The number of lesbian and bisexual teens on TV and film has increased significantly since Picket Fences featured its controversial lesbian teen kiss in 1993, and The Incredibly True Adventures of 2 Girls in Love was a film-festival hit in 1995, but their stories haven’t changed much.
The portrayal of teenage lesbians and their relationships on TV and film continues to adhere to the same basic rule: the plot must be about sexual discovery or coming out. While adult lesbians on film seem to always be dealing with pregnancy, custody battles, and infidelity (and occasionally, coming out), teenage characters appear to only face questions of orientation and the repercussions of coming out.
In other words, they’re all variations on The Truth About Jane.
Films like Two Girls in Love, But I’m a Cheerleader, Show Me Love, and D.E.B.S. are basically the same movie, despite being superficially about other things, and most TV shows with lesbian teens–like Once and Again, One Tree Hill, Rescue Me, and South of Nowhere, have followed the same formula:
1. Seemingly straight teen meets rebellious lesbian/bi teen.
2. Outwardly straight girl struggles with questions of sexuality while tentatively entering into a relationship with lesbian/bi teen
3. Recently outed girl faces shocked and disappointed family/friends
4. Newly formed couple overcomes a separation to live happily ever after, or at least the teenage version of that (which means, happily together for at least a few months).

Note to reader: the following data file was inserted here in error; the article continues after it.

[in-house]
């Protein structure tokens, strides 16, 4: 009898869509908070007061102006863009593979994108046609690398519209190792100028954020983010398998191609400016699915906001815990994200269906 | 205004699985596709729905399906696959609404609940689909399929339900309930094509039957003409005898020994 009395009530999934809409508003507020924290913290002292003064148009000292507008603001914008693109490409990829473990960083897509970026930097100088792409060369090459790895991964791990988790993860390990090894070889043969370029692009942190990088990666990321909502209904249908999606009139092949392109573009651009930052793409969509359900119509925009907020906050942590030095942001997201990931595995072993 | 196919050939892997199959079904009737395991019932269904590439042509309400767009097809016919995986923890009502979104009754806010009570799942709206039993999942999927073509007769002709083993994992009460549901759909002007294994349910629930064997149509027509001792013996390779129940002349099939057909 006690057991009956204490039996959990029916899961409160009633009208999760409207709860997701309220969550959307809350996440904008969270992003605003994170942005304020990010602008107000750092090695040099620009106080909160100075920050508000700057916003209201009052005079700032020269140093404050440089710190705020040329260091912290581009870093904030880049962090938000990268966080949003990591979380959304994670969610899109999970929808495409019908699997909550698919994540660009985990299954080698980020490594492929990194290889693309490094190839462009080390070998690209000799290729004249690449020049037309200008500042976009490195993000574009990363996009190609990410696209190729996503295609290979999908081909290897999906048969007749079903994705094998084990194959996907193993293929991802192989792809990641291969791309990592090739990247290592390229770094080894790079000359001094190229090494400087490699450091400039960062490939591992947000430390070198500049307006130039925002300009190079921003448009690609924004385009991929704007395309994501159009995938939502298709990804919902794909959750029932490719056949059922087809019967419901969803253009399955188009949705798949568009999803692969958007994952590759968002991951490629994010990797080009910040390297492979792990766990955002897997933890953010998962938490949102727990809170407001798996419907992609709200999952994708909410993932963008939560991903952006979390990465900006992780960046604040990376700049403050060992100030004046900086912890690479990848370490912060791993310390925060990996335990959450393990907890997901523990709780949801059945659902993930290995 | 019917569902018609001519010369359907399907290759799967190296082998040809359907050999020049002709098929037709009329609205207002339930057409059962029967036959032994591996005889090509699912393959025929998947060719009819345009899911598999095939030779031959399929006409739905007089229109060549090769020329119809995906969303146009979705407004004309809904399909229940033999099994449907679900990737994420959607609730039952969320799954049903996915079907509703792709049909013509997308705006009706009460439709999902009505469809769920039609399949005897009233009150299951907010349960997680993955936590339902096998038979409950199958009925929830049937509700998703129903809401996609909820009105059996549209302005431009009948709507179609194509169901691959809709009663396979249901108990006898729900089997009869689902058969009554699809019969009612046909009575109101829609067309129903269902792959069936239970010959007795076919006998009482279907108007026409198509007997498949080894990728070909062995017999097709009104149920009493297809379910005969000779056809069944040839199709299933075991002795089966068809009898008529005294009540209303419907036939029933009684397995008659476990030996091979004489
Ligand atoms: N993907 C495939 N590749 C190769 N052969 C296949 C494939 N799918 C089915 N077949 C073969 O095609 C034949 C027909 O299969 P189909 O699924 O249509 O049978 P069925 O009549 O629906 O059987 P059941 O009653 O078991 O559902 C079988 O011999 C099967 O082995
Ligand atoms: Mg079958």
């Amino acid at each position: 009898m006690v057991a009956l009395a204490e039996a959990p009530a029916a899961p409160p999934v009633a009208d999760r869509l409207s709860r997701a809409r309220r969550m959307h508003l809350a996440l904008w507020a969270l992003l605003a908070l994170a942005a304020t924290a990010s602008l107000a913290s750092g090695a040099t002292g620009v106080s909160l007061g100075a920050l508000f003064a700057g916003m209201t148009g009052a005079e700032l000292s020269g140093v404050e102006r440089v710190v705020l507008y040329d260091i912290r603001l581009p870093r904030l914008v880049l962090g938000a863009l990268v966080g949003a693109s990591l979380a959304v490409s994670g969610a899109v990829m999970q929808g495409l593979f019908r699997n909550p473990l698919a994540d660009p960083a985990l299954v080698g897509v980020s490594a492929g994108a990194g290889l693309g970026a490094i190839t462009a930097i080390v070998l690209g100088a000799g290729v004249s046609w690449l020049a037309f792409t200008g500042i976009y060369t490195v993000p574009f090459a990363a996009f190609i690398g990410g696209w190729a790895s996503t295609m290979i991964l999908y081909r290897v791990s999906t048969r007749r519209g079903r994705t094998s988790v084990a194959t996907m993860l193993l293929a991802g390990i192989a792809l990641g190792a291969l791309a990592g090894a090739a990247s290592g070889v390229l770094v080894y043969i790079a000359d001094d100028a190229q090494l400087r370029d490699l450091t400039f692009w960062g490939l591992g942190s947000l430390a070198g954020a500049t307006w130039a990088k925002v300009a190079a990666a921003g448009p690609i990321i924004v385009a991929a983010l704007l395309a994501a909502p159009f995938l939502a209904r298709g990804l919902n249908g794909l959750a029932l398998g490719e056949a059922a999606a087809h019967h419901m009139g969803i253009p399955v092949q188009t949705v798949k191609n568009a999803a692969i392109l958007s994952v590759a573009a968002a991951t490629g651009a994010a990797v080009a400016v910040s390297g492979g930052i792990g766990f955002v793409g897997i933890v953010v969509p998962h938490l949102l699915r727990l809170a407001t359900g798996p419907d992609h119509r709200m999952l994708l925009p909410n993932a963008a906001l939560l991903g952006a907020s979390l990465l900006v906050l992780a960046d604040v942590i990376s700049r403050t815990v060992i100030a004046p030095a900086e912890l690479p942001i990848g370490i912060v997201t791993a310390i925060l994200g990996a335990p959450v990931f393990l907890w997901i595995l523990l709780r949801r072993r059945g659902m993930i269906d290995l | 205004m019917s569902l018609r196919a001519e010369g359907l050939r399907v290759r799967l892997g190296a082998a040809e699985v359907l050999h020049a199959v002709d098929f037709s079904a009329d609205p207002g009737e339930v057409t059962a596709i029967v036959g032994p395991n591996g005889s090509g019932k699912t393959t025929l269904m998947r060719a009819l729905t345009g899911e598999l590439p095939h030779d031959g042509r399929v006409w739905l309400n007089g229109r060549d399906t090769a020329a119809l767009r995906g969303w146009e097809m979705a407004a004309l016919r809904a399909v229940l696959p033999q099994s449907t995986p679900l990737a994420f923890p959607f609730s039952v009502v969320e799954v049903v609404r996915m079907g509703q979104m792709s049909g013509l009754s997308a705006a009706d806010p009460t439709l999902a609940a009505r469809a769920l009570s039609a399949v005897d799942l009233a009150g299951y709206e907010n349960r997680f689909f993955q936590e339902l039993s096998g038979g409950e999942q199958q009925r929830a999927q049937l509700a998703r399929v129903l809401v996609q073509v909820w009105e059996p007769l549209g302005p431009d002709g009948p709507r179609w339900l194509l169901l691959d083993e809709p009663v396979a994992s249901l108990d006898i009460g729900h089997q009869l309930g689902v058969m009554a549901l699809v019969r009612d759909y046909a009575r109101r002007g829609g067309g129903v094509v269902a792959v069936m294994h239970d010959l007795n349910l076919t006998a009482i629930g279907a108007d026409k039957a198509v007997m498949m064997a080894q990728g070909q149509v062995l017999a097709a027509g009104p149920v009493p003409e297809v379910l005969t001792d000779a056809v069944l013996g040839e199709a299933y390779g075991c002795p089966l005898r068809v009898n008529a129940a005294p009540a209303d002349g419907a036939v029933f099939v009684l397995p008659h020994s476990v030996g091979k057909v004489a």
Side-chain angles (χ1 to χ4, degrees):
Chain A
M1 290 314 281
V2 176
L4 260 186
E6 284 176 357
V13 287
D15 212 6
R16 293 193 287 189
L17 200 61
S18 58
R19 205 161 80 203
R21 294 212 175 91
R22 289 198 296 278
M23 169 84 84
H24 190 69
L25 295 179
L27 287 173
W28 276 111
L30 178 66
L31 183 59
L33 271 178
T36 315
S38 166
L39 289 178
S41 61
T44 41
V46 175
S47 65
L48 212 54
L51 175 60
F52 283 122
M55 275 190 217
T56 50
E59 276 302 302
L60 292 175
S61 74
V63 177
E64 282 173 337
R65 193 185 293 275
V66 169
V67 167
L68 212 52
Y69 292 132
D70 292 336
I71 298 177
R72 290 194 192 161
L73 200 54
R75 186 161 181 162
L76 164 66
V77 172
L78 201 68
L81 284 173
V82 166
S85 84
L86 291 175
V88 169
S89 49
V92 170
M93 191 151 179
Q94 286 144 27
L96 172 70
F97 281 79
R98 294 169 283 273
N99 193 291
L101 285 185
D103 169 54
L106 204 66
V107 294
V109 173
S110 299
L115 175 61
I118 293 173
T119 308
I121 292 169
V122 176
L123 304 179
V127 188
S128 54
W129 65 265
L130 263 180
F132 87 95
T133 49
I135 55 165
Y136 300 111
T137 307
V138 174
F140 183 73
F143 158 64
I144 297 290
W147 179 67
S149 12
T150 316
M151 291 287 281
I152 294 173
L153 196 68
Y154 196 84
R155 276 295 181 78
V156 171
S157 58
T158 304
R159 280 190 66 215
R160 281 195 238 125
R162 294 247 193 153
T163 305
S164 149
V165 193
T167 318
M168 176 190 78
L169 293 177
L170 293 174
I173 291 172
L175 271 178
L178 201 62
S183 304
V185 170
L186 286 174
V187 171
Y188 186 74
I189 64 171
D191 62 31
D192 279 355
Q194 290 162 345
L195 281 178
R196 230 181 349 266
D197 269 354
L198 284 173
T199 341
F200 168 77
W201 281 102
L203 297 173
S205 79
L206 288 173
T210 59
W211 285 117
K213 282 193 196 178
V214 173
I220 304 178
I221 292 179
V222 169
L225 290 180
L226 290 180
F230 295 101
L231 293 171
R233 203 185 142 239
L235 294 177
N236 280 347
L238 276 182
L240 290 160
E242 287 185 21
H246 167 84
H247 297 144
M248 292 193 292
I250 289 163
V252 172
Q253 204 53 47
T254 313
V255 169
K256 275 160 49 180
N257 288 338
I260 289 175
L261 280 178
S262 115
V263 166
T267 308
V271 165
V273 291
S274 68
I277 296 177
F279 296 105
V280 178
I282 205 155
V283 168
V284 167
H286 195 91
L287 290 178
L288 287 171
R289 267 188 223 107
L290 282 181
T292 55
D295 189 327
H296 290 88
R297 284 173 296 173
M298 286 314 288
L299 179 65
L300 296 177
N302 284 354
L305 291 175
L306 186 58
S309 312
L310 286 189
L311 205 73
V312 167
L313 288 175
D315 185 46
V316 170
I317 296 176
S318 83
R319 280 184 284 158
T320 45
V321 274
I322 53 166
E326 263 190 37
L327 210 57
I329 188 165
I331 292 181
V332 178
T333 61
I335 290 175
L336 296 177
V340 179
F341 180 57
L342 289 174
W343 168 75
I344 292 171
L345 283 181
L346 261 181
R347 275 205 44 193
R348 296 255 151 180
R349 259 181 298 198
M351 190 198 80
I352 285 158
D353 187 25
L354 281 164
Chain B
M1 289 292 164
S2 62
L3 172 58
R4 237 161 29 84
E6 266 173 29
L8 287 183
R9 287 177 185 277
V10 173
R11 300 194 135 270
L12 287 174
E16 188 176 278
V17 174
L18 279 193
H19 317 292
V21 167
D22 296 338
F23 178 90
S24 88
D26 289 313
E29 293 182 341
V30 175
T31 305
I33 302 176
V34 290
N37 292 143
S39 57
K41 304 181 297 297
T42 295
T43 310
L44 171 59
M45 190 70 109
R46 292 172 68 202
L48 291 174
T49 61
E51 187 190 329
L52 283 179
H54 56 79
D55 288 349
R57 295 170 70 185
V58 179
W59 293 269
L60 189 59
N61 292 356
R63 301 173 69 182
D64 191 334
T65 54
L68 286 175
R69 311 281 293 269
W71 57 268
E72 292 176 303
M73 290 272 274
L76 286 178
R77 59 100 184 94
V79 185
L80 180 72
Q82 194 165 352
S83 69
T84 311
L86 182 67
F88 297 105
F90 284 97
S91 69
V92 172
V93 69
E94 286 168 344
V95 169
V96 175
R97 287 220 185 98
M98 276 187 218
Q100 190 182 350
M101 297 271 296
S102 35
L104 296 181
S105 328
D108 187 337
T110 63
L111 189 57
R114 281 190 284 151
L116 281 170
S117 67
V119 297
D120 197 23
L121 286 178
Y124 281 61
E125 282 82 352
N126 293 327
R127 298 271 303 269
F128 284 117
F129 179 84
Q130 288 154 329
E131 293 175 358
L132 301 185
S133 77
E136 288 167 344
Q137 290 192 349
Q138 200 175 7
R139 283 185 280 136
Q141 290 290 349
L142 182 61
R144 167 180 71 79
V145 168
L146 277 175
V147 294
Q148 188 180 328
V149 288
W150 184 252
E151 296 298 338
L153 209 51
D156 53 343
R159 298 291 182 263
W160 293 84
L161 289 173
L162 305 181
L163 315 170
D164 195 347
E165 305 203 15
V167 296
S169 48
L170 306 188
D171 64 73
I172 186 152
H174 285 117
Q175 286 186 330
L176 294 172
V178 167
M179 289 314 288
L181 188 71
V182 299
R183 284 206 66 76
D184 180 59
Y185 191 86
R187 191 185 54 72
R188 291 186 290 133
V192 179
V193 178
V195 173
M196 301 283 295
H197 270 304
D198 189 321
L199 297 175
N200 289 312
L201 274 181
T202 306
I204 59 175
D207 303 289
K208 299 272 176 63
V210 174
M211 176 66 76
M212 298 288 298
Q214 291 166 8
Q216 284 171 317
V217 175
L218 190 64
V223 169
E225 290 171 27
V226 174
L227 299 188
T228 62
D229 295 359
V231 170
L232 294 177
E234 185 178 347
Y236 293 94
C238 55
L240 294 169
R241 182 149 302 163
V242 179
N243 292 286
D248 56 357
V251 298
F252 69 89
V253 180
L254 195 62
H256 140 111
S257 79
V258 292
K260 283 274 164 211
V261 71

The names may change, but the story stays the same.
Even exceptions to the rule are not much more original. In Lost and Delirious, for example, the girls are a couple when the movie starts and they certainly do not live happily ever after, but in the end it is still a story about teenage sexual discovery amidst a forbidden relationship. Indie film All Over Me focused more on the deteriorating friendship between a lesbian and her straight best friend, but the lesbian’s storyline was still ultimately one of coming out.
There is nothing wrong with a good coming-out story, and none of the previously mentioned films or shows are bad because they adhere to this formula (some are quite good, in fact).
But when every lesbian teen story is almost identical to the others, it tends to make for predictable viewing. If you know what happens to Randy and Evie in Two Girls in Love then you know what happens to Megan and Graham in Cheerleader and to Amy and Lucy in D.E.B.S., and so on.
Same goes for the TV shows: while extremely progressive in its execution, TV’s most recent queer teen show, South of Nowhere, follows the same basic formula as its predecessors, just over a longer period of time.